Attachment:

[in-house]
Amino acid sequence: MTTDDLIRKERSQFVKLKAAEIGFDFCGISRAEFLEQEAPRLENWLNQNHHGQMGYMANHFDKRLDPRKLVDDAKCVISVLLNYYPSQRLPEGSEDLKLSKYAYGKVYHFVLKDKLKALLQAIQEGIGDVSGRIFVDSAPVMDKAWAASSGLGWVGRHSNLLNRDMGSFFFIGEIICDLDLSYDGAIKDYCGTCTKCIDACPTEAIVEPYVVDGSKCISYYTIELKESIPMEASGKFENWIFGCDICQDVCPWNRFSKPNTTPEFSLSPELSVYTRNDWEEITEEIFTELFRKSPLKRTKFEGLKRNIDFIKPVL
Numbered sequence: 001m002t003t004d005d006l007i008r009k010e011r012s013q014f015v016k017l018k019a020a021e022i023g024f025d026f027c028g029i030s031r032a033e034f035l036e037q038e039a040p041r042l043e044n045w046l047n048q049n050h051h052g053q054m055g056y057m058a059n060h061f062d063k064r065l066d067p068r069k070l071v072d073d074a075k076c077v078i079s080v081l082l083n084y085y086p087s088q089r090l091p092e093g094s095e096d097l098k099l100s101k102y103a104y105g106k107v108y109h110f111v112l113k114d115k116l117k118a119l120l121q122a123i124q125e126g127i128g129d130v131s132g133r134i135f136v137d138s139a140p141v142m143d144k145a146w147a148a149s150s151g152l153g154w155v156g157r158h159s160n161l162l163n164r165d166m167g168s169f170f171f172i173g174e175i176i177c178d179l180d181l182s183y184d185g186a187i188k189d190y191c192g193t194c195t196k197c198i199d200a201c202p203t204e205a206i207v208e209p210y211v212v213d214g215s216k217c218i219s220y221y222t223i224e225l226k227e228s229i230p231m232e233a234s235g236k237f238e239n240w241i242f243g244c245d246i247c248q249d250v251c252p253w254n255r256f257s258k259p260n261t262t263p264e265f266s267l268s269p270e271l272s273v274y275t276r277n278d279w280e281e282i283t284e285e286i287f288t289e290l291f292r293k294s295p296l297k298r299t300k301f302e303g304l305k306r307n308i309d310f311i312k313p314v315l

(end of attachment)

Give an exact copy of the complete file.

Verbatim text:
[in-house]
Amino acid sequence: MTTDDLIRKERSQFVKLKAAEIGFDFCGISRAEFLEQEAPRLENWLNQNHHGQMGYMANHFDKRLDPRKLVDDAKCVISVLLNYYPSQRLPEGSEDLKLSKYAYGKVYHFVLKDKLKALLQAIQEGIGDVSGRIFVDSAPVMDKAWAASSGLGWVGRHSNLLNRDMGSFFFIGEIICDLDLSYDGAIKDYCGTCTKCIDACPTEAIVEPYVVDGSKCISYYTIELKESIPMEASGKFENWIFGCDICQDVCPWNRFSKPNTTPEFSLSPELSVYTRNDWEEITEEIFTELFRKSPLKRTKFEGLKRNIDFIKPVL
Numbered sequence: 001m002t003t004d005d006l007i008r009k010e011r012s013q014f015v016k017l018k019a020a021e022i023g024f025d026f027c028g029i030s031r032a033e034f035l036e037q038e039a040p041r042l043e044n045w046l047n048q049n050h051h052g053q054m055g056y057m058a059n060h061f062d063k064r065l066d067p068r069k070l071v072d073d074a075k076c077v078i079s080v081l082l083n084y085y086p087s088q089r090l091p092e093g094s095e096d097l098k099l100s101k102y103a104y105g106k107v108y109h110f111v112l113k114d115k116l117k118a119l120l121q122a123i124q125e126g127i128g129d130v131s132g133r134i135f136v137d138s139a140p141v142m143d144k145a146w147a148a149s150s151g152l153g154w155v156g157r158h159s160n161l162l163n164r165d166m167g168s169f170f171f172i173g174e175i176i177c178d179l180d181l182s183y184d185g186a187i188k189d190y191c192g193t194c195t196k197c198i199d200a201c202p203t204e205a206i207v208e209p210y211v212v213d214g215s216k217c218i219s220y221y222t223i224e225l226k227e228s229i230p231m232e233a234s235g236k237f238e239n240w241i242f243g244c245d246i247c248q249d250v251c252p253w254n255r256f257s258k259p260n261t262t263p264e265f266s267l268s269p270e271l272s273v274y275t276r277n278d279w280e281e282i283t284e285e286i287f288t289e290l291f292r293k294s295p296l297k298r299t300k301f302e303g304l305k306r307n308i309d310f311i312k313p314v315l